WHO ARE THEY?
Baron Adolph de Meyer was born on the 1 September 1868 (would have been turning 149 this year!) and spent the majority of his childhood in France and Germany. He exhibited his photography when he was 26. The following year, 1896, he moved to London and by 1899 his photography earned him a membership in the Linked Ring, a society of Pictorialist Photographers and also joined the Royal Photographic Society. He maintained a relationship with Alfred Stieglitz who was also a photographer and published a magazine (Camera Work) in which de Meyers' work figured in. He died in 1946 in Los Angeles.
WHAT ARE THEY KNOWN FOR?
Baron Adolph de Meyer is known for becoming the first official photographer for the American magazine Vogue in 1914. In 1921 he left the worldwide known company to work for Harper's Bazaar where he became the fashion photographer. He brought a dreamy, beautifully lit, flattering style to the business as the photographs normally produced for fashion photography looked awkward and stiff. He photographer many famous people from his time such as Marilyn Miller, Ann Pennington and Irene Castle.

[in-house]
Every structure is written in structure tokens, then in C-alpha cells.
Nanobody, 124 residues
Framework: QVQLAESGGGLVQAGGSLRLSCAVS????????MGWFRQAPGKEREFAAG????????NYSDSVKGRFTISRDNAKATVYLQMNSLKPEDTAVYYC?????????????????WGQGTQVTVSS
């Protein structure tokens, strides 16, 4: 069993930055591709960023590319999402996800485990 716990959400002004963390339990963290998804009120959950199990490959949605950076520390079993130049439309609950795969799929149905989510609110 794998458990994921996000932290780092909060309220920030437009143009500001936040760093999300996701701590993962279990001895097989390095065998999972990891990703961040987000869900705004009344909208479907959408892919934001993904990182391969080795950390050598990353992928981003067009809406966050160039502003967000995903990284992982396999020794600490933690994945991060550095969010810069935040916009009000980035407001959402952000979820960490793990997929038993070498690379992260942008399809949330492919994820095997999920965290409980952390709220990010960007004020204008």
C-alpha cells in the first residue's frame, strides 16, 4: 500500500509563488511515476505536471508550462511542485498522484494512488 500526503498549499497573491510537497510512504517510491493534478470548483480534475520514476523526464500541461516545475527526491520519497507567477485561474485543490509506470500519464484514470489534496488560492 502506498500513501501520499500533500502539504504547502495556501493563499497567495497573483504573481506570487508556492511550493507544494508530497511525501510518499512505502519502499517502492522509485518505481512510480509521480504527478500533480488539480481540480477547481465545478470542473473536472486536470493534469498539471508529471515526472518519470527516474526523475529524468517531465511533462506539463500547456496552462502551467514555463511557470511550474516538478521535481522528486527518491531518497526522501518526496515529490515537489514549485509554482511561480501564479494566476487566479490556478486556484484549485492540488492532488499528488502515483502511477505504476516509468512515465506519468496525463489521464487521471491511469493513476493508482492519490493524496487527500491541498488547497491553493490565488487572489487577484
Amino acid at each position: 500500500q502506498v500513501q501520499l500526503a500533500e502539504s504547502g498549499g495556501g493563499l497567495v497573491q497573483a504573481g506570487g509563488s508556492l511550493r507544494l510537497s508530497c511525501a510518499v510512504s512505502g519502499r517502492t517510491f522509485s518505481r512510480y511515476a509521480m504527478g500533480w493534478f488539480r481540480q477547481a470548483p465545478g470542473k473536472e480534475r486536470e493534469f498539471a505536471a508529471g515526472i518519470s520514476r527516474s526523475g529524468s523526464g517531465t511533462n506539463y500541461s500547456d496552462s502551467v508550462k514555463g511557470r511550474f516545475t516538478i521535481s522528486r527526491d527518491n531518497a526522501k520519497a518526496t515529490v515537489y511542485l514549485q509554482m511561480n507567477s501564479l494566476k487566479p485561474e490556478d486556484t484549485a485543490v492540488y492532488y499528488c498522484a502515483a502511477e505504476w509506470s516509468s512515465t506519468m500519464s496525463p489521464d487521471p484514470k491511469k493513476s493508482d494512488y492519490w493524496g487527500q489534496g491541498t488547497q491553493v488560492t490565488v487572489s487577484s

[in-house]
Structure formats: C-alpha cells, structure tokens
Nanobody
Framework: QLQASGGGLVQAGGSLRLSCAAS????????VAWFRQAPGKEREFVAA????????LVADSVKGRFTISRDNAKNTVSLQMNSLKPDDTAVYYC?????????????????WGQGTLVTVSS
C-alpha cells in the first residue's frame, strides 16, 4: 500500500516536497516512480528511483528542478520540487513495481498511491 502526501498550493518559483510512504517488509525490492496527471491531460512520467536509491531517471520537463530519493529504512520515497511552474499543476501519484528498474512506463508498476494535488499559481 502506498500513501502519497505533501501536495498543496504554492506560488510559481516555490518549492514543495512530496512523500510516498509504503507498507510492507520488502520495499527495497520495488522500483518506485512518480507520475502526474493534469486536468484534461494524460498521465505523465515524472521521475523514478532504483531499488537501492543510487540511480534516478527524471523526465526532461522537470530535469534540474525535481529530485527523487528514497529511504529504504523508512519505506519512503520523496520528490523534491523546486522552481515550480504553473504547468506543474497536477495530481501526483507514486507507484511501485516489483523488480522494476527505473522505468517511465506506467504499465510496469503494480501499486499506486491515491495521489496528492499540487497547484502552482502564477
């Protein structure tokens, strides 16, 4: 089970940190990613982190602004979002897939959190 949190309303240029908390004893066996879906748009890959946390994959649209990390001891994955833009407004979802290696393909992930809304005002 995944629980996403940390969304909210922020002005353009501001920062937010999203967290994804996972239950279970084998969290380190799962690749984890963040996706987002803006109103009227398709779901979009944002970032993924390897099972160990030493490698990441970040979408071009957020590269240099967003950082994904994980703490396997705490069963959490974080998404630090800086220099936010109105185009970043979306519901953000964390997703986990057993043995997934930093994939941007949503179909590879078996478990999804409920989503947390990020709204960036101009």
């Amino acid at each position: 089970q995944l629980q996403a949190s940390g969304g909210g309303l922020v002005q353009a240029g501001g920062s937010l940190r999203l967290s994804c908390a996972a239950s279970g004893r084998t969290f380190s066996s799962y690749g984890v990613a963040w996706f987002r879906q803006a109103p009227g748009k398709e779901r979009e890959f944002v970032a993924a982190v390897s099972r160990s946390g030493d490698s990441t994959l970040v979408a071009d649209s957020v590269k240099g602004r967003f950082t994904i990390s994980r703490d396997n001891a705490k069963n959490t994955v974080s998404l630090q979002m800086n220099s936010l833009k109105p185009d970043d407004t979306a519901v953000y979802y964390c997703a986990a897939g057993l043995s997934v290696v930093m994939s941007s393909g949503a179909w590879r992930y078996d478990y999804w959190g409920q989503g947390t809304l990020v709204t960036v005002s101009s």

WHAT PROCESS ARE THEY KNOWN FOR?
Adolph de Meyer is also known for the style of Pictorialism. This is the name given to an international style and aesthetic movement that took over photography during the later 19th and 20th centuries. An image created in this style appears out of focus and is printed in warm browns, black and white and the image may also have visible brush strokes on the surface. Commonly used processes to created a pictorial style are; Bromoil process, Carbon print, Oil print process and Platinum print.
THE CAMERA AND EQUIPMENT
To create this style of photography a soft focus lens is required but the result of the final image depended on the control of the printing process of the image. A variety of papers and chemical processes were used to create certain effects and sometimes the image was manipulated by brush strokes or ink.
EXAMPLES OF THE FINISHED PHOTOS
SHORT VIDEO THAT EXPLAINS THE PROCESS
HOW YOU CAN EMULATE THE PROCESS